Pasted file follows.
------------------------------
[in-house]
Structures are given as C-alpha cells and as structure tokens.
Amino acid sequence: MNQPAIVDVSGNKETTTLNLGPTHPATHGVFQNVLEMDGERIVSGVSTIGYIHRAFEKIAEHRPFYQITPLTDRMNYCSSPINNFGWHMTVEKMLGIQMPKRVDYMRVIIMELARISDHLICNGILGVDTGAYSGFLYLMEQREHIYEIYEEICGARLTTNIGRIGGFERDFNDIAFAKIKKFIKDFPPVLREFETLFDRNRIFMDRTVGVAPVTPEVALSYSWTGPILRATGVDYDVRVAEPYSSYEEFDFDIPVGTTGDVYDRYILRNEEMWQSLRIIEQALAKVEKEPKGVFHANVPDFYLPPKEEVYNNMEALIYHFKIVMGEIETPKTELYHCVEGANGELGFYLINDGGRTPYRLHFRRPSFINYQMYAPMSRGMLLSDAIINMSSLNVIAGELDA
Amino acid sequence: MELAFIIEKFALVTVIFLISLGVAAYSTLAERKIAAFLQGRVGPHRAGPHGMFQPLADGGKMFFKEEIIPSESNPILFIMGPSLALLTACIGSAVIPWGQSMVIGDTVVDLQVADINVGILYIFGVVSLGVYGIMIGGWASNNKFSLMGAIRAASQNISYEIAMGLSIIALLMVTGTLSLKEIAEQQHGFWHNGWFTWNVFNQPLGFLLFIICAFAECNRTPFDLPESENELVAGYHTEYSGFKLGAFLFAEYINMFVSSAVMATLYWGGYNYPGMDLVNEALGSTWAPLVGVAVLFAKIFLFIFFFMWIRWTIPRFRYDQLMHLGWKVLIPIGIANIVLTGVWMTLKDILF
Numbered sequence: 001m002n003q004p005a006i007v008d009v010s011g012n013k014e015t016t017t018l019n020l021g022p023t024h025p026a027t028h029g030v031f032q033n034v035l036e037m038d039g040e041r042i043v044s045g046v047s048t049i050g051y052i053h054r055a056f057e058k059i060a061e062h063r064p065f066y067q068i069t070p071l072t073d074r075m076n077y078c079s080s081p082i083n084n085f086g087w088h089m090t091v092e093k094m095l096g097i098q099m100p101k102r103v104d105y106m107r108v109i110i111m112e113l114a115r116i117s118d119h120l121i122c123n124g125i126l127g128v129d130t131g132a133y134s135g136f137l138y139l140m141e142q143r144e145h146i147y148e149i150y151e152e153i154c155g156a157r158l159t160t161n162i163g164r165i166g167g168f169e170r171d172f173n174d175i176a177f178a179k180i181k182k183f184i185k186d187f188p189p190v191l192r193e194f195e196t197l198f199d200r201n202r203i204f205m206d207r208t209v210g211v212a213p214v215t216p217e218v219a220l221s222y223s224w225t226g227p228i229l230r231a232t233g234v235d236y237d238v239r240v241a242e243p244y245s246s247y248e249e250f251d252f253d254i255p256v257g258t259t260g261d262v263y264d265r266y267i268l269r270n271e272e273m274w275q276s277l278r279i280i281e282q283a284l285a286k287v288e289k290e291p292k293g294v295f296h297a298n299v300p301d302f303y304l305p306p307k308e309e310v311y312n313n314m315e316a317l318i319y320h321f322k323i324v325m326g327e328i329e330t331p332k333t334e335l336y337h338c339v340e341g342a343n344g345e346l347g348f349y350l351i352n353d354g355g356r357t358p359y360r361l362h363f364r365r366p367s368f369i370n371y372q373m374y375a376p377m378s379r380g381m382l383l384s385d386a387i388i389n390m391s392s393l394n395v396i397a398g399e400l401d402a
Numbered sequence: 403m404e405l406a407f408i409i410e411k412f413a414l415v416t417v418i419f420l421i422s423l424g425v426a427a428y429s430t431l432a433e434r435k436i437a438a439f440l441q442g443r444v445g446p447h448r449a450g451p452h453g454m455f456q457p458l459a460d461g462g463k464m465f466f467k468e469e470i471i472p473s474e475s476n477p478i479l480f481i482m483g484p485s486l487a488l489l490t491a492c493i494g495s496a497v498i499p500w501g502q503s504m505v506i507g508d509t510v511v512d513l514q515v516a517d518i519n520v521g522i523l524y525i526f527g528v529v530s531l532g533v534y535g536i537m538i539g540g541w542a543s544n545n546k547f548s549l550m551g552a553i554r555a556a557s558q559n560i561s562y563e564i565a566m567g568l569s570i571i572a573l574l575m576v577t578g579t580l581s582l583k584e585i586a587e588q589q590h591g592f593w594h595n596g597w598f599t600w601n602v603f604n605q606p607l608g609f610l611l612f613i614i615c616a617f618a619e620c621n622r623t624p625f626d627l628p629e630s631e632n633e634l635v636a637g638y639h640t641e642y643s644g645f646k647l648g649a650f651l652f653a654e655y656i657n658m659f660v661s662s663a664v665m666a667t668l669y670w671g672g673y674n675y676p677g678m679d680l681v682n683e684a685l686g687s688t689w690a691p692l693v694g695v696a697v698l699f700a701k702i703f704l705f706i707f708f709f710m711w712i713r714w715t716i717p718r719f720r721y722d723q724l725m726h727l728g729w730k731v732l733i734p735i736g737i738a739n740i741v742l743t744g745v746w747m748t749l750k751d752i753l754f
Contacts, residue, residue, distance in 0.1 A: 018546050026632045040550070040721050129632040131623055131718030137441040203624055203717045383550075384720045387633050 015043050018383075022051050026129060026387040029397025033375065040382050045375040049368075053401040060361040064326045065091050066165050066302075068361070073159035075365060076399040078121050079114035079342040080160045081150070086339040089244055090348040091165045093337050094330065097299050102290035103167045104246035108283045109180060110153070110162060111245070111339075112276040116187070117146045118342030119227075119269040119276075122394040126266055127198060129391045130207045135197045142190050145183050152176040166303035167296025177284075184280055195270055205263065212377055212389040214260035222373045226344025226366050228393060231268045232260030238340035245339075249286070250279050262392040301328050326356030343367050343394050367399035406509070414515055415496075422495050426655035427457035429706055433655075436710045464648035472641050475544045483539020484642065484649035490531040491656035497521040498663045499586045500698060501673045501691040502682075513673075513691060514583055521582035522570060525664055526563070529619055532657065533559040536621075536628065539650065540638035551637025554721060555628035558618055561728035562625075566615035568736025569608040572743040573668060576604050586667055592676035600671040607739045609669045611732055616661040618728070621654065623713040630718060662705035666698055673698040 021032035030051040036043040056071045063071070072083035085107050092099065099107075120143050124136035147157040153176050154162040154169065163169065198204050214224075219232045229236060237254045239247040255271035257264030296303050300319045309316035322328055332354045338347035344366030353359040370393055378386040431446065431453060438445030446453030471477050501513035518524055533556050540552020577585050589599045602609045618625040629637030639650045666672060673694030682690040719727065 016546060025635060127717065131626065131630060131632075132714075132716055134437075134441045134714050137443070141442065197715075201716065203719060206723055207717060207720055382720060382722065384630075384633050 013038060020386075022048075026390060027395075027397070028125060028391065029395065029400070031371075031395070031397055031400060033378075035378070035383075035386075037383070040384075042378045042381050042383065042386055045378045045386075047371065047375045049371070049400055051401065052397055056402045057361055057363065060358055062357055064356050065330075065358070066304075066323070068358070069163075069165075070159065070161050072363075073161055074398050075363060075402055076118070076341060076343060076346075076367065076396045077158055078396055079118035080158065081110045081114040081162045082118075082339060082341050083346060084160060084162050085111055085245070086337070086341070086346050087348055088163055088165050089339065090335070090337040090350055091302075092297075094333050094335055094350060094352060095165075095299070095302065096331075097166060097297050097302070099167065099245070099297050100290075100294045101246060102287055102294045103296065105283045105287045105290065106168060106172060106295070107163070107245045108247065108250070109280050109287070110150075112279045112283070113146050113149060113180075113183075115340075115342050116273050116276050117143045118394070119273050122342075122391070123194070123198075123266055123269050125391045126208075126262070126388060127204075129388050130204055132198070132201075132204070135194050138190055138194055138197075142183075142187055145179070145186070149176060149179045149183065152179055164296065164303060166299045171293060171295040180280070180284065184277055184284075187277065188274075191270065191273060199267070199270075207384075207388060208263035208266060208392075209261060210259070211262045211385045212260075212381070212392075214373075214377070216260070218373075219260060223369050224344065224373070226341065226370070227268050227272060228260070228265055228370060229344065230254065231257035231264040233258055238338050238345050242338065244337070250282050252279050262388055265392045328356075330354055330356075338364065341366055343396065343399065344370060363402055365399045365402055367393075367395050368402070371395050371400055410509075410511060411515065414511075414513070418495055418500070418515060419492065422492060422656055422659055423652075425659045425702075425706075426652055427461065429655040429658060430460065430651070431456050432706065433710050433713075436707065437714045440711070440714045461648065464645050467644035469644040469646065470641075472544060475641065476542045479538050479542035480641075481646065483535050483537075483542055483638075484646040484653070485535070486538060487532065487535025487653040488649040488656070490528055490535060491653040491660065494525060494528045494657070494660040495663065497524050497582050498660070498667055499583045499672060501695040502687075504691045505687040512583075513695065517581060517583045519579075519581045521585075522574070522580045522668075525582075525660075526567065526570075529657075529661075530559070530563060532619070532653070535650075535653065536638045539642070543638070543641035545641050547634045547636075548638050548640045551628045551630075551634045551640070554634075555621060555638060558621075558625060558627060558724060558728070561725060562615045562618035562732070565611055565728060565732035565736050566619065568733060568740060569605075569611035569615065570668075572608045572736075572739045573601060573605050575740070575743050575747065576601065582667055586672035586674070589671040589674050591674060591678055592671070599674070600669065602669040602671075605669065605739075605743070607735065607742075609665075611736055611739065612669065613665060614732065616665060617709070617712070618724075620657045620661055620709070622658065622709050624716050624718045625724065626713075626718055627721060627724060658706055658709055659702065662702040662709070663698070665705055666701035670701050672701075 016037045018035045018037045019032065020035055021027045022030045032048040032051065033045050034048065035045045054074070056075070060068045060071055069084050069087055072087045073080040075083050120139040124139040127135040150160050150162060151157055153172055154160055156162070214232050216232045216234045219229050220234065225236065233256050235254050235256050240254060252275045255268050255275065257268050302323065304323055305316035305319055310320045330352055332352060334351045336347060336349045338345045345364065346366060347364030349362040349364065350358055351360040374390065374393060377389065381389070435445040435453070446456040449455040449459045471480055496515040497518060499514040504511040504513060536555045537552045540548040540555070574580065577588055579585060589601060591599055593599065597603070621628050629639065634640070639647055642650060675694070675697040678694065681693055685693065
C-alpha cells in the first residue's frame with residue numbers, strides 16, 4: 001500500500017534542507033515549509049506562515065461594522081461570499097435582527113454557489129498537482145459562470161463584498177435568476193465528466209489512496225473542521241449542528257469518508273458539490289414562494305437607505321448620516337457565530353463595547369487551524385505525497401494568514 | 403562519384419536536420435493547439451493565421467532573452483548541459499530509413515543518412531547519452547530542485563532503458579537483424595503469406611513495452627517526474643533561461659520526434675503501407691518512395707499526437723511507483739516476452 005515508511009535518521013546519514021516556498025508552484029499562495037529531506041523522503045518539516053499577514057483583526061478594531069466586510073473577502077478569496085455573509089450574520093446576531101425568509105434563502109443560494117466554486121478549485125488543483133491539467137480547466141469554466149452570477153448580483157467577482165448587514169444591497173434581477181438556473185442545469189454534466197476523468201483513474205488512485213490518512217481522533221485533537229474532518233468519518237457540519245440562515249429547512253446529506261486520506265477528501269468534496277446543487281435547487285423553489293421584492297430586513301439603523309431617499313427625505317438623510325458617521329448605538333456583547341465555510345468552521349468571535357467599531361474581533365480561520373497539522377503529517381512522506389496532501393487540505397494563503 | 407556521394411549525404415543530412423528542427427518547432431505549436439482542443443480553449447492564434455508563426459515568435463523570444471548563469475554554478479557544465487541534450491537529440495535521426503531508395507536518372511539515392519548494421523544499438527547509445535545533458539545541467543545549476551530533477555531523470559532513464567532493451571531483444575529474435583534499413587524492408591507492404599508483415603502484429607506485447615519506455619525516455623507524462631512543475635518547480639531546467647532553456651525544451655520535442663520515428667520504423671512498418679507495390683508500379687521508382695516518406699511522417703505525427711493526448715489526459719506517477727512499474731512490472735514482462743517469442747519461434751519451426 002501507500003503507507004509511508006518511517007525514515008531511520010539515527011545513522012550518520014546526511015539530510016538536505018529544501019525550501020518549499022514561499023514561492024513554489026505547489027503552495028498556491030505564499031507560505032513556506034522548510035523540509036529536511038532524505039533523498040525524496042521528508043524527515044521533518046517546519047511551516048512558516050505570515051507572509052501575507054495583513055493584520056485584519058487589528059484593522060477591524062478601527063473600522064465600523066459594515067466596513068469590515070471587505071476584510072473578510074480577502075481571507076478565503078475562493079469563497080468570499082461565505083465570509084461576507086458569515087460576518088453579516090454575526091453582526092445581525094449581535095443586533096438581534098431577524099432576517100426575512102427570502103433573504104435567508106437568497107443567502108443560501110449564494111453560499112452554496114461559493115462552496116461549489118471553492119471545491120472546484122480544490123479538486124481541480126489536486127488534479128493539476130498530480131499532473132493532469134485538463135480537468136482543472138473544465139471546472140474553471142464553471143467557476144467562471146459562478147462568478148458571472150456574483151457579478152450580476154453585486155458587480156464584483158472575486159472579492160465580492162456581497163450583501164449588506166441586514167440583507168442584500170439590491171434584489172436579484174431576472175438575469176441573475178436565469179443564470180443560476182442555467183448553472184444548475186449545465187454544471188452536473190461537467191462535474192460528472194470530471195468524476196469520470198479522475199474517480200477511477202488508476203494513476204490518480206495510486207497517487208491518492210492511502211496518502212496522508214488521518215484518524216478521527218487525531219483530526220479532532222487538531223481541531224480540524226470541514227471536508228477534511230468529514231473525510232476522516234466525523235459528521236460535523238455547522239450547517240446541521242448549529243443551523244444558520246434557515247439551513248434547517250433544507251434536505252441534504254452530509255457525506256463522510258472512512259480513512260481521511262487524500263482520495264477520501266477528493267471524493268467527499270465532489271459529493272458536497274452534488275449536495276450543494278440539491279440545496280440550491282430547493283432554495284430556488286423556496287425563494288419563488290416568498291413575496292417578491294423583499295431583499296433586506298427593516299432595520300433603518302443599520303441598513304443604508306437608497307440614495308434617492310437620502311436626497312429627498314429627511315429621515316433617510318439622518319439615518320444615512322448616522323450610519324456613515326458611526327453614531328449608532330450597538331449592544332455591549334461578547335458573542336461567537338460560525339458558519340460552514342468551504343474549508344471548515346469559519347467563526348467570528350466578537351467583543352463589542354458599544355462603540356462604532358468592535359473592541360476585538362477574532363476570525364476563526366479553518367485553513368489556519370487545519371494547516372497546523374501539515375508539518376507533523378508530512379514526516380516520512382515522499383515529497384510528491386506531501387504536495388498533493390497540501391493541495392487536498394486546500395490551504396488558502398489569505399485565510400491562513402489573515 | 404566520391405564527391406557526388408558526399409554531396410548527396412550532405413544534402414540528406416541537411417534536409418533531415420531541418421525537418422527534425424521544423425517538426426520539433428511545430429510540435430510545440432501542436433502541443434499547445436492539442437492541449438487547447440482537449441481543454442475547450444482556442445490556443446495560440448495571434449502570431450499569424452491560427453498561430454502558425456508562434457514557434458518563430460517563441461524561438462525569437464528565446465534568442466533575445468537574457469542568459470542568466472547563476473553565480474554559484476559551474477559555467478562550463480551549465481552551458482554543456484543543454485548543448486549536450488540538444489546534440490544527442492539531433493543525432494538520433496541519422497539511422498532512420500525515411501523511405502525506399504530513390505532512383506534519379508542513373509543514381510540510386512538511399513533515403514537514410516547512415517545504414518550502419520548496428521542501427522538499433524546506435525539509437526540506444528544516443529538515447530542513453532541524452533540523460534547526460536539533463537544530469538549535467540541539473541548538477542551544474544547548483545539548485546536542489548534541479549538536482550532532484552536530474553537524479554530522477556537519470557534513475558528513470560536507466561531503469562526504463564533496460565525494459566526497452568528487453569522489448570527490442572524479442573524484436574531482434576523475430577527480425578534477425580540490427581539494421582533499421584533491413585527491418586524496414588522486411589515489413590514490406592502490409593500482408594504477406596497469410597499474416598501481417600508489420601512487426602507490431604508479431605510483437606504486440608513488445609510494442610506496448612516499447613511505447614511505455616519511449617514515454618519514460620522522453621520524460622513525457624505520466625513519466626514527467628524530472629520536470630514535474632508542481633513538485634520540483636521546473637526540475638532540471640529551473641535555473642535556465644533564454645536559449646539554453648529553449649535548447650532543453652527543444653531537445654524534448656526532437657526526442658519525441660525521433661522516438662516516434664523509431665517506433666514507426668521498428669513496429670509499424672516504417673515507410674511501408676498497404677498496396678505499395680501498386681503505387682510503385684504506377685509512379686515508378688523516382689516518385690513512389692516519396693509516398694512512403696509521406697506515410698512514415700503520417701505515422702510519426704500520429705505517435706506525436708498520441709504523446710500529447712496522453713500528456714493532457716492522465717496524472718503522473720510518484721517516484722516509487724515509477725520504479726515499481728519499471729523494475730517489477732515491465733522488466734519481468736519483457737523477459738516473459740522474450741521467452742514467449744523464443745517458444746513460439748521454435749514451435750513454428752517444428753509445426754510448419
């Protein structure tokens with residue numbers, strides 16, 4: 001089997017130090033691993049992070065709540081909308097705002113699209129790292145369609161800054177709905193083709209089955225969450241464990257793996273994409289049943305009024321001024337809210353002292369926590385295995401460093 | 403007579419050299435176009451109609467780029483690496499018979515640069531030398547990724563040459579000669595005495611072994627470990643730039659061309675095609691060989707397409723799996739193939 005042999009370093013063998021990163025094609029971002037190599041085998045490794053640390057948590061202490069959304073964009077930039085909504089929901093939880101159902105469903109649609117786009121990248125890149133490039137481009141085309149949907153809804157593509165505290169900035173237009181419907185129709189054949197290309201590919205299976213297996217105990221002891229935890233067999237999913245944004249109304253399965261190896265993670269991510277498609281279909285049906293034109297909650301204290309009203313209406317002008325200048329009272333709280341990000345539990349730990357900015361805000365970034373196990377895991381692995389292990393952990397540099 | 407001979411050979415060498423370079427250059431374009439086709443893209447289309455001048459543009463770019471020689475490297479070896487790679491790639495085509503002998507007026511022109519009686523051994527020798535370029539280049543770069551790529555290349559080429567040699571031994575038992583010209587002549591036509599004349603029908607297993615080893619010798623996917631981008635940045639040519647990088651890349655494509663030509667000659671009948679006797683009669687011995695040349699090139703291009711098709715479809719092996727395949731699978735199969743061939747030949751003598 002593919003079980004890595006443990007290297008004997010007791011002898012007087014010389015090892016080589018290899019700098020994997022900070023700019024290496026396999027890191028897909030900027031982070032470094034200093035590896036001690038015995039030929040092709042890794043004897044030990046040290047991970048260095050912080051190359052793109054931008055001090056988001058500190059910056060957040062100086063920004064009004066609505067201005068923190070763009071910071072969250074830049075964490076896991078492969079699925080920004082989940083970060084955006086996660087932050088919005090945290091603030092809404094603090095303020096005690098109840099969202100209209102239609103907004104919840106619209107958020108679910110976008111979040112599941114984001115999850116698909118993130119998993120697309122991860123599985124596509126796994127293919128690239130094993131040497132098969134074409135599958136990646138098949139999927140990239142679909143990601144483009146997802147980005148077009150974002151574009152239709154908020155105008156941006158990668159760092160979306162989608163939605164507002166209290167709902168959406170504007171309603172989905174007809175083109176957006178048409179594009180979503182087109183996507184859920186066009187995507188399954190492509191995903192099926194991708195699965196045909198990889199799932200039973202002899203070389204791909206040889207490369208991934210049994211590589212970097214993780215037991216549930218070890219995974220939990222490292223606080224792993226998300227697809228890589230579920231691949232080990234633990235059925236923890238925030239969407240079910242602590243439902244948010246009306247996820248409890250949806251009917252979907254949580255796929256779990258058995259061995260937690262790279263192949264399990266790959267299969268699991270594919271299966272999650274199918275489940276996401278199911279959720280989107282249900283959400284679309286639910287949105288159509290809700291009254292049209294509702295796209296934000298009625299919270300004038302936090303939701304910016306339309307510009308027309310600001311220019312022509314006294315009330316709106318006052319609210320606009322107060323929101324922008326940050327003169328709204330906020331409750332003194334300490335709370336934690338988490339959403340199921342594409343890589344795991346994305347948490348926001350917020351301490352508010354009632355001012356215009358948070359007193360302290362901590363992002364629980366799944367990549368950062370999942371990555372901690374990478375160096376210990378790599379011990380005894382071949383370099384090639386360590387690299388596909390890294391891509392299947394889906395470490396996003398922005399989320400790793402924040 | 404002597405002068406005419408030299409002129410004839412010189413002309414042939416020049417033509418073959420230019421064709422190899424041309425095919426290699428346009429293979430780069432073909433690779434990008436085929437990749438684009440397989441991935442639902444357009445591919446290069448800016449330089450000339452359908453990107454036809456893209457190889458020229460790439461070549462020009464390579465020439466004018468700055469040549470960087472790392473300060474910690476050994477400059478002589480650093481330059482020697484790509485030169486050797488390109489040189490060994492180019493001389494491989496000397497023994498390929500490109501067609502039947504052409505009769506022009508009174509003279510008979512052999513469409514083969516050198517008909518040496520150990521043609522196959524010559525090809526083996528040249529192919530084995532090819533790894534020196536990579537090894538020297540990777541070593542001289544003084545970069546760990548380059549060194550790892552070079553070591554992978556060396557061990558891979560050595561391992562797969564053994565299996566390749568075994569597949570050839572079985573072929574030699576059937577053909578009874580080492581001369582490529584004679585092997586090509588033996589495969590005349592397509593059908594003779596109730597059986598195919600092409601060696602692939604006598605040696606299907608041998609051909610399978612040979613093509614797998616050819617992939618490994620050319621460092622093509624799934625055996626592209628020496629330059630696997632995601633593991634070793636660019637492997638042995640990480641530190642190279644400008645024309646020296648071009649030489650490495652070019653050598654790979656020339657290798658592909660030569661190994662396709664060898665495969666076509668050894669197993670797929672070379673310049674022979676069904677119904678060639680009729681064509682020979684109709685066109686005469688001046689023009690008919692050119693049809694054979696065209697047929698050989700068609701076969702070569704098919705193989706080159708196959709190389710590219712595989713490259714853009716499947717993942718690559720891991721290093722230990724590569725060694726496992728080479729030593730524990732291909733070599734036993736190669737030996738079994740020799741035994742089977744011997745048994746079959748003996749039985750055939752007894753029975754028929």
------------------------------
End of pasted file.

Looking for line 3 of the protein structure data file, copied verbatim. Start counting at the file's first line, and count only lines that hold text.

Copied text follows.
Amino acid sequence: MNQPAIVDVSGNKETTTLNLGPTHPATHGVFQNVLEMDGERIVSGVSTIGYIHRAFEKIAEHRPFYQITPLTDRMNYCSSPINNFGWHMTVEKMLGIQMPKRVDYMRVIIMELARISDHLICNGILGVDTGAYSGFLYLMEQREHIYEIYEEICGARLTTNIGRIGGFERDFNDIAFAKIKKFIKDFPPVLREFETLFDRNRIFMDRTVGVAPVTPEVALSYSWTGPILRATGVDYDVRVAEPYSSYEEFDFDIPVGTTGDVYDRYILRNEEMWQSLRIIEQALAKVEKEPKGVFHANVPDFYLPPKEEVYNNMEALIYHFKIVMGEIETPKTELYHCVEGANGELGFYLINDGGRTPYRLHFRRPSFINYQMYAPMSRGMLLSDAIINMSSLNVIAGELDA